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The Legion of Merit

1SG Edgar Matthews distinguished himself by exceptionally meritorious service and unparalleled achievement to the United States Army for nearly three decades while serving in positions of significant responsibility, culminating as the 1SG for B Co, 212th Combat Support Hospital (CSH). His outstanding leadership, pursuit of excellence, and dedication significantly increased the effectiveness, readiness, and quality of every unit to which he was assigned. In June 2015, 1SG Matthews was hand selected to assume the responsibility as the 1SG for B Co, 212th CSH. He led the 84-bed deployable hospital overseeing the training, readiness, and health and welfare of over 190 soldiers and their family members. He was responsible for the maintenance, recovery, and accountability of over 590 pieces of equipment valued at over $19 million. 1SG Matthew s leadership ensured the success in medical support of six NATO missions, three deployments of a medical personnel to Africa, and was key to the success to the 212th CSH becoming the first hospital to pass the NATO medical Role III evaluation. From 2012 through June 2015, 1SG Matthews was assigned to the 212th CSH as the Operations NCO and Installation Coordinator. He was responsible for Miesau Ammunition Depot supporting over 800 soldiers, and DOD and host nation workers. He was responsible for the maintenance and use of over 2.3 thousand acres of land and 2.3 million square feet of facility space, coordinating the force protection, contract compliance, energy conservation, and environmental management for the entire depot. 1SG Matthews was chosen over all the Master Sergeants within the BDE as interim CSM for the 212th CSH due to un-forecasted personnel vacancy. As interim CSM, he was recognized by the US Army Surgeon General for the 212th CSH's display of outstanding medical readiness. He revitalized training with the Landstuhl Regional Medical Center that allowed 120 CSH Soldiers to provide over 2,500 patient encounter hours. From 2008 through May 2011, 1SG Matthews was the First Sergeant and Senior Operations and Personnel Sergeant for the HQ, Warrior Transition Battalion (WTB) at Fort Carson, Colorado. As the Senior Operations and Personnel Sergeant he was responsible for supporting over 520 military and civilian personnel. As First Sergeant he ensured over 250 wounded warriors met their demanding rehabilitation requirements and established company programs to enhance their rehabilitation process. From 2007 through January 2008, 1SG Matthews was deployed as the Afghanistan national Army medical NCO Mentor. He trained and mentored Soldiers of an Afghani weapons company where he ensured a 100 percent qualification rate on multiple American weapon systems and provided over 120 hours of medical training. 1SG Matthews proved to be a true medical professional by serving as the triage NCOIC during a 15 person Afghani Civilian MASCAL in 2008 minimizing loss of life. 1SG Matthews is an absolute professional and a shining example of selfless service and dedication to the Army. He has made a positive impact on the lives of countless Soldiers, Families and Civilians in a career. His leadership and mentorship has established a strong presence amongst the NCOs of the 212th Combat Support Hospital. He has always been the go-to mentor for the entire command and I am honored to recommend an NCO of this caliber for this award. He embodied the Army Values and was always a sound voice for the command.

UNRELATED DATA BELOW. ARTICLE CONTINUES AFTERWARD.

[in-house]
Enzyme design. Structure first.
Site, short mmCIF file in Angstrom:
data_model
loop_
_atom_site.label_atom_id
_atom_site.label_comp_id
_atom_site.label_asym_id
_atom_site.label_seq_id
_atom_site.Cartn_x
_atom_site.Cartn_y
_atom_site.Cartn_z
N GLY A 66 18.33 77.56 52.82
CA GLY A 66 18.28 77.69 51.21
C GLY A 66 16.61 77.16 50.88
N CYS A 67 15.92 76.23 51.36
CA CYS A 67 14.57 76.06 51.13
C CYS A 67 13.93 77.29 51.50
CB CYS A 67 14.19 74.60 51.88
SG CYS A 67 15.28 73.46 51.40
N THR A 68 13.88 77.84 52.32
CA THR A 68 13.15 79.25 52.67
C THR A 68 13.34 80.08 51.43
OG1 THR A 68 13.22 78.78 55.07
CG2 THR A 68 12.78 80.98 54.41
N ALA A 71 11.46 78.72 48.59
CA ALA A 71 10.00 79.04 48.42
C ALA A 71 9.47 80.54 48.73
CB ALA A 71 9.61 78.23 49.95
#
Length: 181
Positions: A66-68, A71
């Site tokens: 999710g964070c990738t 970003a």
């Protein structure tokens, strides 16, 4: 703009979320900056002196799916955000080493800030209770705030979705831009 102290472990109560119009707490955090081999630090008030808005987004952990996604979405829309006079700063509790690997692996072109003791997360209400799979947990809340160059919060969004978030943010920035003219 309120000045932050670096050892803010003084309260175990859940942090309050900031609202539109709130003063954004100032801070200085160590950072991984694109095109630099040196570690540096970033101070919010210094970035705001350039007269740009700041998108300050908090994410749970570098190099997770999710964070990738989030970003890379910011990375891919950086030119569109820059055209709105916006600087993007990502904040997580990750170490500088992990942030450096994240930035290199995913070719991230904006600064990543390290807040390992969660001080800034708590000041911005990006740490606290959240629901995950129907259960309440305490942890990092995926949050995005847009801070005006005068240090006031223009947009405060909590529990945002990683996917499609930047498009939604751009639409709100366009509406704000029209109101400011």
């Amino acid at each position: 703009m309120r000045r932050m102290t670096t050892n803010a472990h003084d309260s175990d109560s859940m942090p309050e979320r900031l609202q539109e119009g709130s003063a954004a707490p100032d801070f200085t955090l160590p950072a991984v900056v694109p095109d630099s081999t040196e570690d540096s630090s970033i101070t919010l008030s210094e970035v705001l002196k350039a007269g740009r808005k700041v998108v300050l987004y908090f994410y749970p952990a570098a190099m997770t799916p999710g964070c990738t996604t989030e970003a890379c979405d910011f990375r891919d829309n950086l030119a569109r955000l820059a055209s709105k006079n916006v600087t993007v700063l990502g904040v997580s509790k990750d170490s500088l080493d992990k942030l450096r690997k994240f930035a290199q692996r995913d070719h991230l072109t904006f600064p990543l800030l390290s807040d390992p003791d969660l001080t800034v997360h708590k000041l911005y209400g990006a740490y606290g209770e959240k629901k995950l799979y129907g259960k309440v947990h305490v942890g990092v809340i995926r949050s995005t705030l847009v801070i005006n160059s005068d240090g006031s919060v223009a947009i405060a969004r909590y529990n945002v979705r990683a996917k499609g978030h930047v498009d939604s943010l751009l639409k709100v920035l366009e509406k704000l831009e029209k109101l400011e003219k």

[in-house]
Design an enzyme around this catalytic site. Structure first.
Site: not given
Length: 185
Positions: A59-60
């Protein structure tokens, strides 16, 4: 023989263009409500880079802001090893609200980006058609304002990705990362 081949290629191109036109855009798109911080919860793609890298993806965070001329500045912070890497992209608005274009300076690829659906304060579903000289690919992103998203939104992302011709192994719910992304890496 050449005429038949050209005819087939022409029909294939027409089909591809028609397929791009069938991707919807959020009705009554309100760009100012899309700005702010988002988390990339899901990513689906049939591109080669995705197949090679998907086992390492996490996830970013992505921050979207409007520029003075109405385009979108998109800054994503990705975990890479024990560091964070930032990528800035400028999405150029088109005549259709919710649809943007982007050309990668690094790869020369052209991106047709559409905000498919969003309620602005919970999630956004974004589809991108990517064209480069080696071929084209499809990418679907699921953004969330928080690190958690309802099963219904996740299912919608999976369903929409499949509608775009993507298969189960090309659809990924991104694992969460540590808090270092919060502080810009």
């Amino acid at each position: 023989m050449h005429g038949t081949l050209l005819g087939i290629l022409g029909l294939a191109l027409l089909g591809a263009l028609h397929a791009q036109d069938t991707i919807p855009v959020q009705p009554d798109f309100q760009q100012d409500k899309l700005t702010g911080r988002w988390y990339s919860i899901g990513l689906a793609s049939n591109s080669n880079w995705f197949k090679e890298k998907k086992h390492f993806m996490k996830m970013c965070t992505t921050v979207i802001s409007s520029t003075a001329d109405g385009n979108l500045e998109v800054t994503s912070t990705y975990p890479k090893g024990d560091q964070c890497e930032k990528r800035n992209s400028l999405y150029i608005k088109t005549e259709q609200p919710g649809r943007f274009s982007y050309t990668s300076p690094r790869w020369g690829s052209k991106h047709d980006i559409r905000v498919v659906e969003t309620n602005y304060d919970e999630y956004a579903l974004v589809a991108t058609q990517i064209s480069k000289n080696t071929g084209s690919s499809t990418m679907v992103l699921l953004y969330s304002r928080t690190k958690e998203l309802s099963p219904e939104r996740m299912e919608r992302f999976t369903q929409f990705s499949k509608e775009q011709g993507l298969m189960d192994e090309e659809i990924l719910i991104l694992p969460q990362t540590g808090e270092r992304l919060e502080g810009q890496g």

For exceptionally meritorious service as an Infantryman and Special Forces Operator from May 1978 to October 1992 and October 2005 to July 2016. Major BLANK's extraordinary contributions throughout his 25 year career in critical leadership and staff positions directly influenced global political stability across multiple continents. A true patriot, initially retiring in 1992 after supporting strategic counter-insurgency, combat and nation building operations in the Special Operation community, Major BLANK returned to service after a 13 year break in service to support the Global War on Terror. In his second service period he deployed in support of OPERATION IRAQI FREEDOM twice. His contagious enthusiasm, sound reasoning and cultural sensitivity proved invaluable to the success of his Command during his latter tours of duty.